The National Risk Register is the UK Government’s evaluation of the potential impact of a range of public emergency risks, including natural hazards, diseases, major accidents, societal risks, and malicious attacks.

The last version of the National Risk Register prior to the pandemic was published in 2017 (it has since been updated in December 2020), in which the register greatly underestimated the risk of a non-influenza infectious disease outbreak, stating: “the likelihood of an emerging infectious disease spreading within the UK is assessed to be lower than that of a pandemic flu.”

The inquiry found that the UK implemented its Influenza Preparedness Strategy 2011 as the basis of its early response to COVID-19.

As such, they were greatly unprepared for a coronavirus pandemic.

However, the authors wrote: “it is the nature of preparing to face future risks that there will be much that must be unknown about them. Perfect foresight, and therefore a perfect response, is not available.”

Some positive responses were highlighted in the inquiry:

  • The Armed Forces played an important role delivering a mass testing program and in the vaccine roll-out.
  • The National Health Service (NHS) and NHS volunteers played a vital role in distributing vaccines, but it is acknowledged that it was an administrative burden to manage.
  • Nightingale hospitals helped increase capacity of acute hospital beds during the first wave of the pandemic.

Recommendations from the inquiry

  • Include greater diversity of expertise in the framing of future National Risk Register and plans; learn from international practice.
  • Establishing a volunteer reserve in the NHS may be beneficial if human resources are required rapidly in future.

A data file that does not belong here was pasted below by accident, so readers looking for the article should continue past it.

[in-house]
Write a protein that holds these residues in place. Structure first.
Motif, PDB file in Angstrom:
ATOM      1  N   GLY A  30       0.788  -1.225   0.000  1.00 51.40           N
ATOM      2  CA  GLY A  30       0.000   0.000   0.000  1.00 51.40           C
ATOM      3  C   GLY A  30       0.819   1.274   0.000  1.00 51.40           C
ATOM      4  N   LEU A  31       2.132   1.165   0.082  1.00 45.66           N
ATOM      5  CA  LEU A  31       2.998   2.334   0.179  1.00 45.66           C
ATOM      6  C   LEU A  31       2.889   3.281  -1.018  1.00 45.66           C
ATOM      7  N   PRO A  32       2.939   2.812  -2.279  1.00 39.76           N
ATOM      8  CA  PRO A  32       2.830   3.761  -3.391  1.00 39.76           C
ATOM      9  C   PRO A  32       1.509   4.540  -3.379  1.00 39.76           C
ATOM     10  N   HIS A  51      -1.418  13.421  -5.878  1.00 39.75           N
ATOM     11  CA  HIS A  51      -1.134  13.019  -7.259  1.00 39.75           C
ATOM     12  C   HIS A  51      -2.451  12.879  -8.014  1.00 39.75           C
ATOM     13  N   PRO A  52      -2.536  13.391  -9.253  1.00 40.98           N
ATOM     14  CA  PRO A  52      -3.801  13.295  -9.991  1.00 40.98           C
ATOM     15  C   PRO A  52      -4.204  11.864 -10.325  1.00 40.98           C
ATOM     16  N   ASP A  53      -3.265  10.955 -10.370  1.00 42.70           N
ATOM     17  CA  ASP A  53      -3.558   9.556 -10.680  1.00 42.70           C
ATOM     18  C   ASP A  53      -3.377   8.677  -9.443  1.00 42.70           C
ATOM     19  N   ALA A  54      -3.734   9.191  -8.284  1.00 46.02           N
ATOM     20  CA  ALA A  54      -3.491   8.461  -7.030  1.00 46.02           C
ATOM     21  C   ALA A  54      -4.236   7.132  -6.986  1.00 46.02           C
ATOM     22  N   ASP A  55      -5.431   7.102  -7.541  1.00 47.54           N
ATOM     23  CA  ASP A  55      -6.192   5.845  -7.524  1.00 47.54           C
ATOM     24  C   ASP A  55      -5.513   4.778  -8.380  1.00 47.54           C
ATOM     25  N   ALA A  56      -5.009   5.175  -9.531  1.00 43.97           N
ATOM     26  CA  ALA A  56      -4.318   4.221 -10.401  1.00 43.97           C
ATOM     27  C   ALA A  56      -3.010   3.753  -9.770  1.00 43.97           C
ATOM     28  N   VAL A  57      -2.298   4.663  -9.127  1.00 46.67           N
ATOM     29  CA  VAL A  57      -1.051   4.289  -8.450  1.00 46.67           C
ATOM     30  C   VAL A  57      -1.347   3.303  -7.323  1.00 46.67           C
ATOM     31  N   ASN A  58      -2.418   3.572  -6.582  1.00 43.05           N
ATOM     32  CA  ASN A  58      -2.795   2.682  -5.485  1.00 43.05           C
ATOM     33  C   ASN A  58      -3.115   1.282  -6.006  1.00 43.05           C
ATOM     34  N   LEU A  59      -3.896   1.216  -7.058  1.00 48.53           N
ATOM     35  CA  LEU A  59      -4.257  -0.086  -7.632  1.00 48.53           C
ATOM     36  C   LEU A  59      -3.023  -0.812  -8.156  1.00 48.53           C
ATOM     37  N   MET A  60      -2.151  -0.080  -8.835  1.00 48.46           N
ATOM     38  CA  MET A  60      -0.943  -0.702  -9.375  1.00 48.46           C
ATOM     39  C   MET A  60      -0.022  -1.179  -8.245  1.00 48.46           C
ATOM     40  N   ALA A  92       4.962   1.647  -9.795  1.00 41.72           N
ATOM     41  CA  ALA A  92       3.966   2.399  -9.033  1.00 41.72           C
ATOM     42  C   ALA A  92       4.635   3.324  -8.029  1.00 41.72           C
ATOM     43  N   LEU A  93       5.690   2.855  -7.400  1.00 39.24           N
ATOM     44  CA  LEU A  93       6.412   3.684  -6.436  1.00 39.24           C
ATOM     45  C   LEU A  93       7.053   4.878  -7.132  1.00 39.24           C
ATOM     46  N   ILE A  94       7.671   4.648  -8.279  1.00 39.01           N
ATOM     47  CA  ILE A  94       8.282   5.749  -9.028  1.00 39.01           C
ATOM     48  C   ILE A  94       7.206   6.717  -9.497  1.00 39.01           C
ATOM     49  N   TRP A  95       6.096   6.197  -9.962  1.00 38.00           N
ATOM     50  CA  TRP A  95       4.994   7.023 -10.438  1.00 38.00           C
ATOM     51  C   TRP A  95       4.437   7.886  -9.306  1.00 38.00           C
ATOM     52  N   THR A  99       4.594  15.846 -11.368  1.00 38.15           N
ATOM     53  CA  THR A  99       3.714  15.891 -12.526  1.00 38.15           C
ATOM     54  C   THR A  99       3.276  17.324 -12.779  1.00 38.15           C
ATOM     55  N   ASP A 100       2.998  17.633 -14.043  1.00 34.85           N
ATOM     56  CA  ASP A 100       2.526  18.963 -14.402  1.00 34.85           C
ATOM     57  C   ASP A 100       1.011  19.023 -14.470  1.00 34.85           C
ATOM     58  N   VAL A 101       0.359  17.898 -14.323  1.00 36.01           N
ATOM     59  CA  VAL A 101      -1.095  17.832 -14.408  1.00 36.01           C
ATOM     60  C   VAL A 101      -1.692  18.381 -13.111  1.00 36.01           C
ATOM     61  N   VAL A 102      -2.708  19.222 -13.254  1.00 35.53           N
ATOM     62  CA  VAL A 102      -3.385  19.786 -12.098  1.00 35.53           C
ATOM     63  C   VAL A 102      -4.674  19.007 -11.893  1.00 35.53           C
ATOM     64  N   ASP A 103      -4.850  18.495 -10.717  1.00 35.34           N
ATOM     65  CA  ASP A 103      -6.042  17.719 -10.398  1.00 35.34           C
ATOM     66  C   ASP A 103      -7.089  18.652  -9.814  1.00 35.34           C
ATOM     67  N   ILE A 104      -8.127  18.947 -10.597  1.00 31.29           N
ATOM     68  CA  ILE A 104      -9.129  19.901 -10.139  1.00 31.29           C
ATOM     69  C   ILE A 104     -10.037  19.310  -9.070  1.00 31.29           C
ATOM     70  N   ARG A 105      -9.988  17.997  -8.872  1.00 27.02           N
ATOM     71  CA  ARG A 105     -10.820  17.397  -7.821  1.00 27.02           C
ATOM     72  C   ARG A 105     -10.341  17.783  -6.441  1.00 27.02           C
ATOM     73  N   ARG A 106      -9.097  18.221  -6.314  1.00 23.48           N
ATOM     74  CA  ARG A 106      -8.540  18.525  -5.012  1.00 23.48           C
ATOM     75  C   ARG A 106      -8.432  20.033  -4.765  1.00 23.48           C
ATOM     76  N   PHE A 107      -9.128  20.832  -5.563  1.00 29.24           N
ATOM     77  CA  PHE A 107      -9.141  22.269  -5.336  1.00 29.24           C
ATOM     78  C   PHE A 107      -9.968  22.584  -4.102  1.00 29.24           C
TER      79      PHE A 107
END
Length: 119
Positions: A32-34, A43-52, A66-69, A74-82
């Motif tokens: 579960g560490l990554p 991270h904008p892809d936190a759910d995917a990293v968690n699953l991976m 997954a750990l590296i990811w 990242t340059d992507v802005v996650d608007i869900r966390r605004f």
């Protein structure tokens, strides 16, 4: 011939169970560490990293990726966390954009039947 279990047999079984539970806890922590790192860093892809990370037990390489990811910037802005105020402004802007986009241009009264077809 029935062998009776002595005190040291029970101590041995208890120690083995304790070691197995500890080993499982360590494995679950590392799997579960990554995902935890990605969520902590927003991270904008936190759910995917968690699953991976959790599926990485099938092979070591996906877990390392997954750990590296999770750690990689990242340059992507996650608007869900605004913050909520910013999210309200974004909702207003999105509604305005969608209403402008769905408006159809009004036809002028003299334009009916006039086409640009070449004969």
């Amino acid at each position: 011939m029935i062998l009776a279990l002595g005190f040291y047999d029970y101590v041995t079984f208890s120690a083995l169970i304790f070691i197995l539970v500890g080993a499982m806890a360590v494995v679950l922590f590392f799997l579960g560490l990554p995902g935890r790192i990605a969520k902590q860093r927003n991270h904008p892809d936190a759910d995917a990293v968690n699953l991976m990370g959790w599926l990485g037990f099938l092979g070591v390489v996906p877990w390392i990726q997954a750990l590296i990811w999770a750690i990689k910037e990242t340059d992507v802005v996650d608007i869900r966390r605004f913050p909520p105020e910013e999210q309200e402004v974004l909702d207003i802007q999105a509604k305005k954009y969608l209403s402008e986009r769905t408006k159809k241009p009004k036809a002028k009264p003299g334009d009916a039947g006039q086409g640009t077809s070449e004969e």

• The NHS should develop and publish new protocols for infection prevention and control in pandemics that cover staffing, bed capacity and physical infrastructure.

2) Use of non-pharmaceutical interventions such as border controls, social distancing and lockdowns

The inquiry found that advice from scientific experts in early stages did not include enough learnings from international responses to COVID-19. Members of parliament found it difficult to challenge scientific experts, when their own perceptions of response management were based on instinct.

The authors reported: “The UK, along with many other countries in Europe and North America made a serious early error in adopting {a} fatalistic approach” that “the public would not accept a lockdown for a significant period”.

As a result, the Government chose to slow down the speed of the virus’ spread in the early stages (February through to early March).

Rather than do everything possible to prevent the spread, as Singapore, Taiwan and South Korea were doing, with strong physical distancing and isolating requirements, the Government decided to take a gradual approach to introducing non-pharmaceutical interventions.

“As a result, decisions on lockdowns and social distancing during the early weeks of the pandemic—and the advice that led to them—rank as one of the most important public health failures the United Kingdom has ever experienced,“ the authors wrote.

By mid-March, UK government officials realised that a stronger approach was required and a major lockdown was ordered from 23 March 2020.

The inquiry highlighted that the lockdown was accompanied by clear public health messaging, “stay home, protect the NHS, save lives”, which was acknowledged as being successful in raising public awareness and understanding of the importance of the lockdown.

However, when divergent approaches began across the UK and across different jurisdictions in England in May 2020, the message became confusing.

For example, England started a gradual lifting of lockdown, with the message, “stay alert,” whereas Scotland remained in lockdown with the clear message, “stay at home.”

Recommendations from the inquiry

  • Due to scientific uncertainty in early stages, it may be appropriate to act quickly but cautiously, rather than wait for scientific certainty.
  • Greater questio